Chapter 5 is by a Hegel quoting Marxist who thinks discussion between Marxists, neo-Marxists and postmodernists will be fruitful. No further comment.

Chapter 6 makes no mention of Popper. It is in favor of science having a role in educational research. It ends on pp 95-96 with a list of "Key points we wish to convey to new researchers":

  • Develop a solid understanding of critical meta-theoretical issues in the philosophy of science.
  • Do not adopt a radical postmodernist view of science.
  • Reject the incompatibility thesis.
  • Understand that scientific research can involve either quantitative or qualitative data (or both).
  • Learn how to develop a clearly defined research question that stems from a well-developed theoretical framework.
  • Always let the research question dictate the research methodology, not the other way round.
  • Follow Quine and Ullian's dictum that 'whatever there is to be said can, through perseverance, be said clearly
  • Avoid naive, retrograde empiricism (that is, hypotheses without theory)
  • Learn the basics of research design and statistics, even if only to understand the published research of others.
  • Realize that educational research is more than just telling stories or analyzing discourses.
Pretty basic and agreeable.

Chapter 7 starts out by saying Western ideas are biased and hinting they are bad. It talks about the Maori a bunch and doesn't mention Popper. No further comment.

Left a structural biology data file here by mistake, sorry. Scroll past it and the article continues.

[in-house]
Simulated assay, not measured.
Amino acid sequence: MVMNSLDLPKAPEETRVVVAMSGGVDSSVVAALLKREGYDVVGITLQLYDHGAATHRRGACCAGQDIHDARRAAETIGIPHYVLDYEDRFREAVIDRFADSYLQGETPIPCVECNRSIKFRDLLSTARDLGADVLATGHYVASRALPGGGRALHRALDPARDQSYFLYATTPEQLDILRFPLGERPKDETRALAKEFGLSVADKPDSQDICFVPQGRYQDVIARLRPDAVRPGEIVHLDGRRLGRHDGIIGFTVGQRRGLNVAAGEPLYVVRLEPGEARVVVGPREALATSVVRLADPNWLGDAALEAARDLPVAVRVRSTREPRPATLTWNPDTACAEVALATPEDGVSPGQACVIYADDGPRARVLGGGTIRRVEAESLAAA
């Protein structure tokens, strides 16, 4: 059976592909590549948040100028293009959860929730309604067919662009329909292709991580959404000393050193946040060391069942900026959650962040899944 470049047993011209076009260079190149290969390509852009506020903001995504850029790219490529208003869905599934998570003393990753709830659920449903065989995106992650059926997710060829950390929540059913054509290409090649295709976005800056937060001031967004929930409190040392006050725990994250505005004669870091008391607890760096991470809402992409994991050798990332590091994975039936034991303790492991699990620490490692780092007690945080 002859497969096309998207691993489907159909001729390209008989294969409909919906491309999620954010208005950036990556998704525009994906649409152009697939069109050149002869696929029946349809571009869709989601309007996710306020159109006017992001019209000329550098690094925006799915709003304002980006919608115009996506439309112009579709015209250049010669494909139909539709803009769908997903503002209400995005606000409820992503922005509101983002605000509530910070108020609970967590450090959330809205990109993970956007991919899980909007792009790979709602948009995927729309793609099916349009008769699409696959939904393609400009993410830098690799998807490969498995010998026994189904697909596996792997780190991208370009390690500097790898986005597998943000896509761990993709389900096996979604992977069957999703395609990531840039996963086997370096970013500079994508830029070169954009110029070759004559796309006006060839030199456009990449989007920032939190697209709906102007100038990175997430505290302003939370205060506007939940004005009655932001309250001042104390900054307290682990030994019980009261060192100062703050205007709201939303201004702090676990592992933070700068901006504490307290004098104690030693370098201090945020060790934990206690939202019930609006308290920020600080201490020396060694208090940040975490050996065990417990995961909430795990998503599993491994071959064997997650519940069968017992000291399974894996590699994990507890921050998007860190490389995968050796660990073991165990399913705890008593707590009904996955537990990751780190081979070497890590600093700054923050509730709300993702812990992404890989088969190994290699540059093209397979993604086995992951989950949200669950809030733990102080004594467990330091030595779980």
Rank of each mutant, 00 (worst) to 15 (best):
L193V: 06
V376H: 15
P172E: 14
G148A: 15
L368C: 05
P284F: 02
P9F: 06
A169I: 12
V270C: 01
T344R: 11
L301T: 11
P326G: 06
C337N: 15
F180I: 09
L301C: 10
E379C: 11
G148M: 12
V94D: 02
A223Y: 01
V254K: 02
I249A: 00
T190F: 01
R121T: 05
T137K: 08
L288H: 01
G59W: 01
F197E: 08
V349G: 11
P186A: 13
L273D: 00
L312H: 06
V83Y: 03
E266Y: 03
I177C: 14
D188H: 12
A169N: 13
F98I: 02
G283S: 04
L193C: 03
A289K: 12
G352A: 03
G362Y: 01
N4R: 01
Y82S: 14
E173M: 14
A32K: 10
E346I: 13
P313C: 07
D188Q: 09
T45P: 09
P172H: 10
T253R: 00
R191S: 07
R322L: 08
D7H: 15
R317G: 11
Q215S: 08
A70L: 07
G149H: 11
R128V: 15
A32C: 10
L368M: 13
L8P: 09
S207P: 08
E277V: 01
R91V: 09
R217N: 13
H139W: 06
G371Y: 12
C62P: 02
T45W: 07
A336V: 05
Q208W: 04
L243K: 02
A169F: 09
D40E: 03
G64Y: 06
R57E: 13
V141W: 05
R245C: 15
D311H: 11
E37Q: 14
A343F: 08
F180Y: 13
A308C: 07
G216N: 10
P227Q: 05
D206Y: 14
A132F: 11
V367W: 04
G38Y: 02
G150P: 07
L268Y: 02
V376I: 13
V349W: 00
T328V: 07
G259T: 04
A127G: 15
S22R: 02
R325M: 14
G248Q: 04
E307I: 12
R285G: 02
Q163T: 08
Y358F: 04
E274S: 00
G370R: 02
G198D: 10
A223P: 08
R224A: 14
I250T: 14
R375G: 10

Chapter 8, p 119
In place of the scientific generalization, which states what is, I have introduced the idea of a fuzzy generalization, which states what may be. With this perspective it is possible to generalize (in fuzzy terms) from a single case.
So it's like induction but with more making up whatever you want without any pattern, and even less clarity. This guy would do well to study Popper.

Elliot Temple | Permalink | Comments (0)

Educational Research in Practice, 3

Educational Research in Practice: Making Sense of Methodology is a collection of papers edited by Joanna Swann and John Pratt.

This post finishes discussion of chapter 2.

p 28
If, for example, a team of teachers wishes to improve its teaching of literacy, it is insufficient for the teachers merely to learn more about literacy. At some stage they will have to implement change and evaluate the outcomes.
Evaluate the outcomes? How and why?

Wouldn't it make more sense for students to evaluate their own outcomes and then choose the educational help and methods they find most useful? Why should the teacher be the one deciding what goes on and evaluating what is good? Teachers should be helpers not directors.

Many outcomes shouldn't be evaluated at all. For example, it is immoral to whip children for low test scores. Suppose a school ends whippings. And finds that over the next 2 years, average test scores decrease. So what? Should they start whipping kids again? If something is immoral, stop doing it whatever the outcome.

Many school policies are immoral and should be halted without concern for whether the teachers evaluate the outcomes positively or not.

If you give kids freedom, many of them will not focus on doing the thing that get them positive evaluations from their teachers. But the purpose of freedom is not to get high teacher evaluations -- it isn't to please others. Freedom lets people please themselves.

Chapter 2 offers a lot of generality about improving education but doesn't bring up many concretes, like these:

- most children do not like school and do not want to attend. making them attend is therefore immoral and the situation is not suited for learning anything. learning works best in voluntary situations because the learner must take an active role and can't be forced to do that (if he's being forced, the forcer is taking the active role)

- most children do not like tests or homework. but teachers impose these on students anyway, disregarding the students' preferences